so i really think this topic needs to be changed from "suicide" to "end of life care" because it really is about caring, despite what ppl keep saying. and maybe that way, it broadens the topic and helps build dialogue and encouragement to speak to those around us on what to do when that time comes.

              we ALL will die. and every one of us has the right to die in a manner that is peaceful, full of love and caring. suicide is devastating for those left behind because no one wants to discuss the feelings/attitudes that lead up to it. it's reserved for suicide hotlines and impersonal notes(if you're lucky to get one).

              or, alternatively, when we do not properly discuss our wants and wishes for end of life care, it ends up in court battles and family feuds. terry shiavo (sp?) anyone?
              "Smells like death in a bucket of chicken!"
              http://www.elportavoz.com/

              Comment


                #37
                and because my crazy cat has a fondness for walking across the keyboard as cats are want to do, she pressed the post button.

                for those who want to have a better perspective on the mind of someone who is in terrible chronic pain, read kafka's the metamorphosis. i read it again while in the hospital for my 2 back to back spinal fusion reconstructions and wept. it was literally my story and exactly how i was being treated and how i felt: http://www.gutenberg.org/files/5200/5200-h/5200-h.htm

                also watch how to die in oregon. it's on netflix and i am sure you can torrent it. i know a link to a thread was posted about it but seems to have been buried.
                "Smells like death in a bucket of chicken!"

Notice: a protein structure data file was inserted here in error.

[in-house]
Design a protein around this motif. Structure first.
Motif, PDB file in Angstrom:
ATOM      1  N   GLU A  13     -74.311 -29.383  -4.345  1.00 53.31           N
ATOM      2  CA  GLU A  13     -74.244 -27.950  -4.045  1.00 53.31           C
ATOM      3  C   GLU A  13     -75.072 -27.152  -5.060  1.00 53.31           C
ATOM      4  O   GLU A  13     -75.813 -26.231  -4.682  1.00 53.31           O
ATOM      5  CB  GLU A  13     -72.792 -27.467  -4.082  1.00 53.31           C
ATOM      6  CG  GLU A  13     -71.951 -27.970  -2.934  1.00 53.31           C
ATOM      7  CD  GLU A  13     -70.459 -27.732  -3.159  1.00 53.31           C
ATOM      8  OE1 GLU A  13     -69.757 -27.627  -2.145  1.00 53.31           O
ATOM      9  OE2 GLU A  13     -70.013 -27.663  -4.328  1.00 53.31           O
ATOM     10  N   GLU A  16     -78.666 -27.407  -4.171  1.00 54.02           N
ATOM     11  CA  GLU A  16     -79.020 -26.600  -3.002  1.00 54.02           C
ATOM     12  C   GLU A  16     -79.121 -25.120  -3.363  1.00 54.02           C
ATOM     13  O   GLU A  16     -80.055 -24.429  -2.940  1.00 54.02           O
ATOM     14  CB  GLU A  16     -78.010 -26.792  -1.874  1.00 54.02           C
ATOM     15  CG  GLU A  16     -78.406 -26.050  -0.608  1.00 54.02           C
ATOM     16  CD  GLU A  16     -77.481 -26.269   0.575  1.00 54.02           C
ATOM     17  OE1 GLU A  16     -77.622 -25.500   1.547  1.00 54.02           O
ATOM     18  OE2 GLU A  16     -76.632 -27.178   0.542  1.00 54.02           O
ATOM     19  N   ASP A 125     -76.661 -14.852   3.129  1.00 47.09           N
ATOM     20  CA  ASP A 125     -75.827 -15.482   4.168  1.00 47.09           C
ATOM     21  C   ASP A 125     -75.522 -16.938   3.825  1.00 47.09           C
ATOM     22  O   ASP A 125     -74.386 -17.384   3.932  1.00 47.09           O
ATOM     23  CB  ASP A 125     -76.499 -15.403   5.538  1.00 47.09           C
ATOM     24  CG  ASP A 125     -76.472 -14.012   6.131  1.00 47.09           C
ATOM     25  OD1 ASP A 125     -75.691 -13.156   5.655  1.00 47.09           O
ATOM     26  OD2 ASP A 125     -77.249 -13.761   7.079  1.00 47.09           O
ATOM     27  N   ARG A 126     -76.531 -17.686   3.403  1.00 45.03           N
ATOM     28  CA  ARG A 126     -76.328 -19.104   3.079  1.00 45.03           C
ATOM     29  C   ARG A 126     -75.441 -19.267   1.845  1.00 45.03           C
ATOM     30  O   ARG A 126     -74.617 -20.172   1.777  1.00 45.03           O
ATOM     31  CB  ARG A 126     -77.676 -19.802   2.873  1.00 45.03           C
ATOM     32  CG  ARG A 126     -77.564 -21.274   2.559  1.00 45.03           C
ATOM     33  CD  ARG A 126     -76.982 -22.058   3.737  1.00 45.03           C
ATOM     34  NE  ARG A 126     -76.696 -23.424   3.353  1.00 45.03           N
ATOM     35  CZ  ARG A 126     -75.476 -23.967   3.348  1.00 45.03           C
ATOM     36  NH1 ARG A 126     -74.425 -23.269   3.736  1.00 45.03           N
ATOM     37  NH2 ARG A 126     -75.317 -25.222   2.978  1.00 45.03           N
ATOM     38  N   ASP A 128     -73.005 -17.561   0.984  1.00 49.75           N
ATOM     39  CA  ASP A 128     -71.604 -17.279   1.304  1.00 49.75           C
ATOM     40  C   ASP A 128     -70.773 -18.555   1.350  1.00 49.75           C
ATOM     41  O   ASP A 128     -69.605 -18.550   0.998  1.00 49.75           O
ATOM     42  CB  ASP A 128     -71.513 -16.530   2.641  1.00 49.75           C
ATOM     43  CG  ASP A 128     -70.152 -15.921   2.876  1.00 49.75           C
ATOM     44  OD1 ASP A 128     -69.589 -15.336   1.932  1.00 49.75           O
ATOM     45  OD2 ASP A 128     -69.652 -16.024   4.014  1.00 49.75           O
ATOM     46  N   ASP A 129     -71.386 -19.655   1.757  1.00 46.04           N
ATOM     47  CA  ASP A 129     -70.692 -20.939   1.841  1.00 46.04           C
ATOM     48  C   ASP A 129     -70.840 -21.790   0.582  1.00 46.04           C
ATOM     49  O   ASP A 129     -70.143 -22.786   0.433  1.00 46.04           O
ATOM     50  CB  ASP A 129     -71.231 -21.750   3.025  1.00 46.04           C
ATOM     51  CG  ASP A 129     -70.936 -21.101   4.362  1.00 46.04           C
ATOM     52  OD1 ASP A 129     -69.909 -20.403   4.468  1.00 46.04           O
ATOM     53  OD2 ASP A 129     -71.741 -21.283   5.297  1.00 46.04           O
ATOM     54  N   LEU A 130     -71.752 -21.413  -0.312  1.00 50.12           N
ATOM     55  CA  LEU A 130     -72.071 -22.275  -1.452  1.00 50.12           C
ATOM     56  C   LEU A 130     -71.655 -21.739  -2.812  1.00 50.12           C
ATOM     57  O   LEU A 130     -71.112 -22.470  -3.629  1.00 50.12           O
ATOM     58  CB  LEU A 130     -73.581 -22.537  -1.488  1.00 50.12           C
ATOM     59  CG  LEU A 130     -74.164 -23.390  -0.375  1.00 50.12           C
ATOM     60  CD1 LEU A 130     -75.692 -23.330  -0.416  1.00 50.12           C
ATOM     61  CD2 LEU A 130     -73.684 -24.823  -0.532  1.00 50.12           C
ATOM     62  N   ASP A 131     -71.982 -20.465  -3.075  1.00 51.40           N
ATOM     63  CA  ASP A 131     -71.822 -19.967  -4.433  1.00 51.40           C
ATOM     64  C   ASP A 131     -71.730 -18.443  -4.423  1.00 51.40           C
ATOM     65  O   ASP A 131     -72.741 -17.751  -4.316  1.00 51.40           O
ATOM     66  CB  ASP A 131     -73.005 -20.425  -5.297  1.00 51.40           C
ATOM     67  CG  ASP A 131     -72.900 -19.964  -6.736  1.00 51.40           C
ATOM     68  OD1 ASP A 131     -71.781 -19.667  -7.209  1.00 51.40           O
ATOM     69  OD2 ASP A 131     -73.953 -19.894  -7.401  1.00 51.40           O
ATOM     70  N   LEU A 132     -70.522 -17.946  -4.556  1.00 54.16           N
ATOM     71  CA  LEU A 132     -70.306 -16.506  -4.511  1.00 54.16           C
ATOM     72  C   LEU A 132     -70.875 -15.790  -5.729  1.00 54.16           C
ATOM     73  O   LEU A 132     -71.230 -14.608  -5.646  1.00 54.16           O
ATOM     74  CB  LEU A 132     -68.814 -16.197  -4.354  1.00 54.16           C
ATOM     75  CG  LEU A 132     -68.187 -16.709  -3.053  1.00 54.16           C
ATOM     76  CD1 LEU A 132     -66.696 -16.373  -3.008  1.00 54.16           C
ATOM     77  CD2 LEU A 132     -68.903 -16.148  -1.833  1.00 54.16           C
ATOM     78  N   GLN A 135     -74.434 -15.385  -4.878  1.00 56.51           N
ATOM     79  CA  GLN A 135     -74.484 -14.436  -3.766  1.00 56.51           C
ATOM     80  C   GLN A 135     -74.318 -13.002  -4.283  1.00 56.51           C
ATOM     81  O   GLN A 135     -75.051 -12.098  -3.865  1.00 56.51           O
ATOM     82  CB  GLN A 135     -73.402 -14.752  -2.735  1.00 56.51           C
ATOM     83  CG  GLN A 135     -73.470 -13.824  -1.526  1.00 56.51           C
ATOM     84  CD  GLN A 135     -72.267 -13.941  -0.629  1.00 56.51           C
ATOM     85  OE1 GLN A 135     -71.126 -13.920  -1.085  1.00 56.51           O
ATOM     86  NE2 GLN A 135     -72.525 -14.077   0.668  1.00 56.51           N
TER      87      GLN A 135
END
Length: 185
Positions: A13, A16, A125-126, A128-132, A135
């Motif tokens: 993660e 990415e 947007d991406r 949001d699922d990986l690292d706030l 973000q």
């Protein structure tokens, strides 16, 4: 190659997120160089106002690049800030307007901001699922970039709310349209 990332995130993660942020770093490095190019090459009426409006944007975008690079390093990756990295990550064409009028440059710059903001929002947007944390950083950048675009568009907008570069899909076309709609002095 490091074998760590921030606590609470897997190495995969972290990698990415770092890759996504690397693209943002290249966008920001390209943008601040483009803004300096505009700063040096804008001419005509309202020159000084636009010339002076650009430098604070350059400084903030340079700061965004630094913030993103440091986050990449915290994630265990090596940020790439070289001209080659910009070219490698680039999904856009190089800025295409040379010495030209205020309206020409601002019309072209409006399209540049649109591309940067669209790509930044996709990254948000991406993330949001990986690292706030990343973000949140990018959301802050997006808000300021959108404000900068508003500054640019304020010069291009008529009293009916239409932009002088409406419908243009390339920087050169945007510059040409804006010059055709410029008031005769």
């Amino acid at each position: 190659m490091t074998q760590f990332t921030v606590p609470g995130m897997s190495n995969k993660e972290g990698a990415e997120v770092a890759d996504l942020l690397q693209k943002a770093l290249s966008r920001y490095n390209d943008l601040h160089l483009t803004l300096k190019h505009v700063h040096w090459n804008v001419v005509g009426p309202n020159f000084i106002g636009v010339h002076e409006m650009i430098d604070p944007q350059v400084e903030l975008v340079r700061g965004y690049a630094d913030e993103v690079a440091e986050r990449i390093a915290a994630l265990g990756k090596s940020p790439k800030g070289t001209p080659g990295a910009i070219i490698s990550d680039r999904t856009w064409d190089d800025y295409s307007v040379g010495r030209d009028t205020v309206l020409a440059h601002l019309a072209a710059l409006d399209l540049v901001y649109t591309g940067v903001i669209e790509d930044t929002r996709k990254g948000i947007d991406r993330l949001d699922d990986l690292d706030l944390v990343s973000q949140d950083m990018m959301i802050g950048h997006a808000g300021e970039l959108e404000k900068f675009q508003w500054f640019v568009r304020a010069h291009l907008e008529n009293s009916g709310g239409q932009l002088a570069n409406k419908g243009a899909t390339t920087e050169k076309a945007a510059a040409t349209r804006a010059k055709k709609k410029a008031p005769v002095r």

http://www.elportavoz.com/

                Comment


                  #38
                  CC, by virtue of its purposes, seems the wrong place to discuss suicide, especially when a member appears to have such under active consideration.

                  I apologize for posting anymore than the sentence above the one I am writing now.

                  Peace.

                  Comment


                    #39
                    Originally posted by crypticgimp View Post
                    also watch how to die in oregon. it's on netflix and i am sure you can torrent it. i know a link to a thread was posted about it but seems to have been buried.
                    Yes, post #9 in this thread.

                    Your remarks have been very on-target.
                    stephen@bike-on.com

                    Comment


                      #40
                      personally, i think the term suicide is for ppl who find a permanent solution to temporary and fixable problems and due to a person's despair and depression it is hard for them to see that. they do not see that they have choices and options.

                      end of life care is the opposite: it is a rational, open and honest discussion about quality of life for the individual and involves a full team of people to come up with the best plan for each individual and that that individual has the power of choice. and it should encompass all peoples from those with chronic pain to those with terminal illnesses.